This is more remarkable than it may appear because you have to take into account that I had to draw out my own plans for this model because Boston Lodge does not appear to have anything approaching a drawing of its latest carriage, only a 'back of a fag packet' sketch as I previously posted about.

So clearly I got my calculations and scaling spot on.

While on the subject of furnishings I should perhaps explain and apologise to any reader who has become a little bored that there's only one project on the go to blog about at the moment.

What's Himself been up to you may wonder?

Well, after our return from Hull, Himself has finally had to give into to demands to refurbish the spare room cum office cum modelling room, a task which he has managed to dodge and defer for the best part of two decades.

The problem is now he's finished it the domestic authorities have ruled that he's not allowed to model in there any more lest he should contaminate the new carpet with paint spills or solder splashes!

So he is banished to the garage which has been rather chilly of late, and you know how pensioners feel the cold....

Thursday, 11 December 2014


Before I can cast the seats to go in 119 I need to renew the mould.

This is the third mould I've made from the master now.

I usually reckon that each one is good for around 20 casts, but with each Super Barn carriage needing 7 sets of tables and chairs you can see that I have to produce a new mould after every third carriage or so.

Because the seats are quite deep - at least 1cm high - the mould swallows a lot of RTV rubber, about 30g, which is usually enough to make a mould for a typical SAR wagon side.

So I can get many more wagons out of each mould than I can carriage interiors, which I suppose makes these seating sets less efficient to produce.

That said it's still much quicker and easier to cast all the seats than it is to make them from scratch.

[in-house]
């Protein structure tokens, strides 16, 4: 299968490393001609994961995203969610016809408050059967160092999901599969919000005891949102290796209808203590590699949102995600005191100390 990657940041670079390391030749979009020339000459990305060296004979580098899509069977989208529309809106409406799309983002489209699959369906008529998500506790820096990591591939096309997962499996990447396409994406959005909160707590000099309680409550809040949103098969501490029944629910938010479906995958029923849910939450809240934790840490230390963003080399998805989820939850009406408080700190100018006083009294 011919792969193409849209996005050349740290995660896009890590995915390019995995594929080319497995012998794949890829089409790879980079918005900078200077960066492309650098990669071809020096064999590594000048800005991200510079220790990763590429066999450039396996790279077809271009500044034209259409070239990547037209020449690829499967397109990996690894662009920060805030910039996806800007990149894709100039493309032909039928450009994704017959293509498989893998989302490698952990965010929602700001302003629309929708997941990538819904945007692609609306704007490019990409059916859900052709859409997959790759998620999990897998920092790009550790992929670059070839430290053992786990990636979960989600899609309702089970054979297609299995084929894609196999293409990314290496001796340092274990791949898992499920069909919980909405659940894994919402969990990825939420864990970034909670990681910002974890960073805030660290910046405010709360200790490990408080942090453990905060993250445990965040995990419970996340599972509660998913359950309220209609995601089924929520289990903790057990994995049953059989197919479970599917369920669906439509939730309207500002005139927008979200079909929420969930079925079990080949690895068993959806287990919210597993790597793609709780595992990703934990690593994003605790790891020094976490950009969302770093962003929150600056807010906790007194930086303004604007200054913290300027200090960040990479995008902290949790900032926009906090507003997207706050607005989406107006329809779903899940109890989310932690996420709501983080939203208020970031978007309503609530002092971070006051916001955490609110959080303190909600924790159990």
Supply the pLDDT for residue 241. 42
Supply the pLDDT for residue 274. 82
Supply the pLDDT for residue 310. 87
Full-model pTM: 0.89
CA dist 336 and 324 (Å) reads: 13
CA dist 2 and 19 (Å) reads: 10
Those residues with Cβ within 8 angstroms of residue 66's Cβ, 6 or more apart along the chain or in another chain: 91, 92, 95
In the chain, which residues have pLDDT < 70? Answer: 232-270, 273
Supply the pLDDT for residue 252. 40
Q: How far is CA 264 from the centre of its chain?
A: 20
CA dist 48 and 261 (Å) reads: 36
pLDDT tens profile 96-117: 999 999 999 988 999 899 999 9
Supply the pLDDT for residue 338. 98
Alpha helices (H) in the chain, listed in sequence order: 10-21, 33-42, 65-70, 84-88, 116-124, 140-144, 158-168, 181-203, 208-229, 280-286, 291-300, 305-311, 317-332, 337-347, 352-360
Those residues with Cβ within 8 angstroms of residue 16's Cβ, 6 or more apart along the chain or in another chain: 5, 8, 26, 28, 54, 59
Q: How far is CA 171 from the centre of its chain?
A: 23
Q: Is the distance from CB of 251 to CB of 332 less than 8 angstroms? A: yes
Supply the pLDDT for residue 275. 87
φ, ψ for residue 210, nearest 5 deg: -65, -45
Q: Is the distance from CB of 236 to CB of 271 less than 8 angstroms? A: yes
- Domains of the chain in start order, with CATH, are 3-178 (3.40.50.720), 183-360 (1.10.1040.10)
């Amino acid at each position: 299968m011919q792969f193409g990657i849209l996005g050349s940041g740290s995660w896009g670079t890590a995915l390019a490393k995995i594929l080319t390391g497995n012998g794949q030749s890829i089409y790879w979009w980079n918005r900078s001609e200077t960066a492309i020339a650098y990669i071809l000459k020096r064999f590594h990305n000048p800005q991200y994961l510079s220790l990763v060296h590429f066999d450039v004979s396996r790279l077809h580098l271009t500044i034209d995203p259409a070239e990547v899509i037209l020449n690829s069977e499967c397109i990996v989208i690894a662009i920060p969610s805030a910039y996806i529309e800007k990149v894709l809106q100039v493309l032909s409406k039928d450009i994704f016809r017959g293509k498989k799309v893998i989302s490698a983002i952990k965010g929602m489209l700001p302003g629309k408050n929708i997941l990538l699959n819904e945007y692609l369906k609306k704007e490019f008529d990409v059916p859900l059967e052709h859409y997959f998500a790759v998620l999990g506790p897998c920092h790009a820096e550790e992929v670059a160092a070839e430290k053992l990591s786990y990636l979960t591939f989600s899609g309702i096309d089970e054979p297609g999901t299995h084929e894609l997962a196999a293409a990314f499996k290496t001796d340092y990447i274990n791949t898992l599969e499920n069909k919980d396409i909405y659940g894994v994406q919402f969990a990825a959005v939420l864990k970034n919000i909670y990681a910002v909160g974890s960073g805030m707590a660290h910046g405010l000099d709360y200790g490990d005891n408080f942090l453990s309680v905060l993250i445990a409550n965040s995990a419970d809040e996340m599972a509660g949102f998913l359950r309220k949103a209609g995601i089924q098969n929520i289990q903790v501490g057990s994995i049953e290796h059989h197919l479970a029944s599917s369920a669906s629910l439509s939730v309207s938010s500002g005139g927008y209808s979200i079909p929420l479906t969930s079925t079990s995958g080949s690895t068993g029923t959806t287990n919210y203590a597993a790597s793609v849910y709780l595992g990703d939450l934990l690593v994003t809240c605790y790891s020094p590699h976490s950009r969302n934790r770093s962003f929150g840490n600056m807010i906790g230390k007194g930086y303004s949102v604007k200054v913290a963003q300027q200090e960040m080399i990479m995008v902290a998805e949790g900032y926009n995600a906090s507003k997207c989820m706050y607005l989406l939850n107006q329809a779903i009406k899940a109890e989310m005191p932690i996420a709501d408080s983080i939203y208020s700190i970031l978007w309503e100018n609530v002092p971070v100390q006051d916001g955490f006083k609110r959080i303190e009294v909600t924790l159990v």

Tuesday, 9 December 2014

Loving The Jobs You Hate

There are times when you just have to grit your teeth and get on with the more boring bits of a model build.

For me this is invariably the corridor connections.

In my book they're absolutely essential items to getting the look of modern FR / WHR carriages right.

I have seen quite a few models of FR Barns made from the various brass kits on the markets but hardly any of them have had the hinged extensions added on let alone anything which represents the rubber folded and fixed at the ends where they rub up against the neighbouring carriage.

And no matter how well made, or well painted the carriage it just looks wrong.

(Unless, of course, it's a Barn in its very original, teak-liveried condition)

And that's why I think it's worth going to the effort of making them, but I won't deny it is an effort.

Each piece - and there are 6 of them needed for a carriage - is made up of 4 bits of styrene, so that's 24 pieces in total to be glued together and shaped.

I've written a full step my step guide on the blog before so have a search back through the posts if you're interested in having a go yourself.

Even when you've done the fiddly part of gluing together the U section (rubber bit) and fixed it into the main piece which connects to the carriage end you've got to shave it with the scalpel blade, file and finish it off with emery paper to give it a convincing, rubbery appearance.

Sunday, 7 December 2014

Floor & Ceiling

I've been making steady progress on the new 119 with the floor and the main part of the false ceiling going in this week.

The Super Barns have a very distinctive skirt beneath them. On the real carriage it's the frame, of course, but in model form it makes more sense for it to be attached to the chassis and slip up inside the bodyshell.

The false ceiling is not as vital on a resin carriage as it is on a styrene one, where it is crucial to keeping the sides straight.

As I described last time, the resin carriage sides are much more rigid, but there's no harm in using the same laminated design with the lower half providing a lip which the top of the bodysides can be bonded to when the carriage is complete.

(Our Super Barns have a brass roof skin unlike all our other carriages)

Next I think I shall make the corridor connections - always one of my least favourite jobs....